Sugars and the first greening

Gardeners know (or at least intuit) the first principle of plant growth. Known as Leibig’s Law, it holds that plants will continue to grow until they exhaust the least available nutrient. It’s also known as the Law of the Minimum because what stops growth is the least available input, regardless of the availability of other nutrients.

Unless you cultivate true aquatic plants, you would probably never consider carbon as a limiting factor. After all, terrestrial plants get their carbon from the air and as we know there is more than enough carbon in the atmosphere. But evidently carbon was the limiting factor in the early development of land plants, and according to a new paper by Linda E. Graham of the University of Wisconsin and others, that limitation was overcome by the use of sugars in the water.

The paper,” 97 Amer . J.  Botany 1485 (2010) (abstract with full text open access), explains the experiments Graham and associates performed growing the emergent peat moss Spahnum compactum and two unbranched (zygnematalean) green algae. They first tested the extent of carbon limitation of the two green algae in their natural low turbulence, low pH habitats by growing them in aerated and non-aerated cultures. Aeration had two effects: it make available more CO2 and it reduces the resistance to the diffusion of CO2 at the boundary of the cells. The result was that measured by mean chlorophyll a concentrations, aerated Cylindrocustis grew more than 13 times than non-aerated, while aerated Mougeotia great six times as much as non-aerated. When 1% glucose was added to the non-aerated cultures chlorophyll a concentrations for Clindrocystis cultures increased 9 times that of control and the same test with Mougeotia caused a 1.7 times increase in chlorophyll a concentrations.

Sphagnum was used to test the relative utilization of glucose against sucrose. The result was that after 9 weeks 1% additional glucose increased the dry mass of the peat moss 28 ties.  The various permutations of the relative growth with different additions of glucose and sucrose is best shown in a chart:

Medium ratio Growth ratio
1% glucose / 0% glucose 28
2% G / 0% G 39
2%G / 1% G 1.4
1%G / 1% sucrose 3.2
1%S / 0% S 11.9
2% S / 1% S 1.8
2% G  1% S 4.4
2% G / 2% S 2.4

You can see from the chart not does Sphagnum show preferential uptake for glucose over sucrose but also that there are saturation levels (or the moss began reaching limits of some other input).

Graham draws two conclusions from these results. The first one concerns the evolution of the first terrestrial plants. Together with her earlier study of glucose utilization in the charophycean green alga Coleochaete orbicularis (Graham, Graham, Russin & Chesnick, “Occurrence and phylogenetic significance of glucose utilization by charophcean algae Glucose enhancement of growth in Coleochaete oribularis,” 81 Amer. J. Botany 423 (1994)) Graham concludes that the less derived charophycean green algae (which are closely related to the ancestors of bryophytes and other land plants) were less able to convert exogenous sugar than the more derived Coleochaete and Sphagnum. And by overlaying the ability to use external sugar on a phylogram showing the ability of the taxons to invest cell walls with polyphenolics she concludes that the two abilities evolved together. This supports the hypothesis that the increased ability for sugar utilization subsidizes the high cost of synthesizing phenolic compunds used to make more resistant cell walls. More resistant cell walls protect the cells from microbial attack, ultraviolet damage from sunlight and drying out.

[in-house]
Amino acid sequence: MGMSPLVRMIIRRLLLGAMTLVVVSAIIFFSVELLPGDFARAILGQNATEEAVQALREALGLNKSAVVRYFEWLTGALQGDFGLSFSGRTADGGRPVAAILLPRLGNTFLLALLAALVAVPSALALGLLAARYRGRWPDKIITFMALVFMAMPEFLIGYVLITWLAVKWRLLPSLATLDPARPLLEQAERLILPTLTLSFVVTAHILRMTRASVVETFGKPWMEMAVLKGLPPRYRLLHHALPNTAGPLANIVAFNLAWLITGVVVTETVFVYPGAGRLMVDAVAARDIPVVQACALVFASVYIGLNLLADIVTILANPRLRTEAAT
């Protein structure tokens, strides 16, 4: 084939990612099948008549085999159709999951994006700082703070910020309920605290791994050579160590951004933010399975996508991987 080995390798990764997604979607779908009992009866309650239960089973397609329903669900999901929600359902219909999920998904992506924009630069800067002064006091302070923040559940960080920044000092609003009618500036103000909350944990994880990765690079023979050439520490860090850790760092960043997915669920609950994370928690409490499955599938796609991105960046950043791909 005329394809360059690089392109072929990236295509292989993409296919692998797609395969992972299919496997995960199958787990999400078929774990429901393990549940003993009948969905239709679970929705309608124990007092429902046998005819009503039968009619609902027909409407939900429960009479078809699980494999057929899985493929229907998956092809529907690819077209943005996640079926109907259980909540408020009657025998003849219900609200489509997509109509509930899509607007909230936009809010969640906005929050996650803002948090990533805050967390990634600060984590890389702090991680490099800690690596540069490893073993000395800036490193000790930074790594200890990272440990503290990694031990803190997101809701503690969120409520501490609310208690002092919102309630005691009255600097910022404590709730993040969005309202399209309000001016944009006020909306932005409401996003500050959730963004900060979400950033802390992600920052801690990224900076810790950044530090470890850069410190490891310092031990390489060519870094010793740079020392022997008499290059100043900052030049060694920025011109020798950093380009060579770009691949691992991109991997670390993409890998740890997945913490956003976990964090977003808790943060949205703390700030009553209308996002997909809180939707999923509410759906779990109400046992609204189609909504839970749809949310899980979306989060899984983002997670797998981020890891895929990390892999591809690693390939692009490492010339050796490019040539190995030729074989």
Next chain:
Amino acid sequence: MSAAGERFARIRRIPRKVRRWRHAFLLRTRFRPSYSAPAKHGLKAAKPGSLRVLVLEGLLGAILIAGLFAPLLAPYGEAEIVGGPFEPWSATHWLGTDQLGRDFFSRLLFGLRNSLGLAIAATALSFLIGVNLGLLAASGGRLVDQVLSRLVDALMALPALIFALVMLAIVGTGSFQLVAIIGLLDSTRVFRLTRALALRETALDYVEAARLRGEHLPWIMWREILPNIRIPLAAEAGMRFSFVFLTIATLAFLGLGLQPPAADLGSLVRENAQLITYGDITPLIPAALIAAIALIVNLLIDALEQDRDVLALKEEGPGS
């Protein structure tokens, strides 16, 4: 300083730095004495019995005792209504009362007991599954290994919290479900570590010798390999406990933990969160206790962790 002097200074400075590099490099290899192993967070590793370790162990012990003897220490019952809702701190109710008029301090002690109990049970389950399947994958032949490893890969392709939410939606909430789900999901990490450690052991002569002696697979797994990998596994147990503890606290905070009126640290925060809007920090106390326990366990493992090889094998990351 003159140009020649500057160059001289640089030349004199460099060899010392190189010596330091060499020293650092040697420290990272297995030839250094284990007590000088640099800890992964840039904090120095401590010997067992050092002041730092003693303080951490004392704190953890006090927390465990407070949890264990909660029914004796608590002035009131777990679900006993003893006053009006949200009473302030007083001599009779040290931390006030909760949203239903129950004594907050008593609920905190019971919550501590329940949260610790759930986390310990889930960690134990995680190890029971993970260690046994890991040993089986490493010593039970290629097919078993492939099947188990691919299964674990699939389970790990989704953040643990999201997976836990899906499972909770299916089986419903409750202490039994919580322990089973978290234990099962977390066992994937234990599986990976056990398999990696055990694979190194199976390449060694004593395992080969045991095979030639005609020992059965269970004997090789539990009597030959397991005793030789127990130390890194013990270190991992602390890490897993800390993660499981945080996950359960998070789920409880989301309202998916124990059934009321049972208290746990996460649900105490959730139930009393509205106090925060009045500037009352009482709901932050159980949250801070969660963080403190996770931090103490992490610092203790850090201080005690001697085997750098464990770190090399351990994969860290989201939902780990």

Graham compares the results obtained here with other studies of peat mosses. Mosses other than Sphagnum have been shown to process sucrose. Another study on a different species of Sphagnum showed that it used sucrose efficiently (more so than other sugars), but the author surmised that it might have used available invertase to cleave sucrose into glucose and fructose, which were then absorbed by the monosaccharide transporters (the same mechanism Graham proposes for S. compactum.

She then speculates on the adaptive value of use of exogenous sugars in peat moss. In addition to subsidizing the cost of synthesizing polymers for cell wall compounds, outside sugars might be used as a substrate for cellulose production by the moss or they might be used when photosynthesis is reduced (because of lack of light, water or other necessary minerals). Exogenous sugars might also help mosses to retrieve their own organic exudates (which are used possibly to attract microbes which fix nitrogen).

As for the ecological implications, Graham notes that peat mosses are known to store a substantial proportion of the Earth’s global soil carbon. When considering the global carbon cycle, in the past mosses were considered to use only atmospheric carbon dioxide. That mosses exhibit mixotrophic behavior by not relying solely on photosynthesis requires that in assessing the impact of peat mosses (which cover substantial areas of the northern hemisphere) on carbon cycling (historically and in the future) use of soil and water organic carbon should be factored in.

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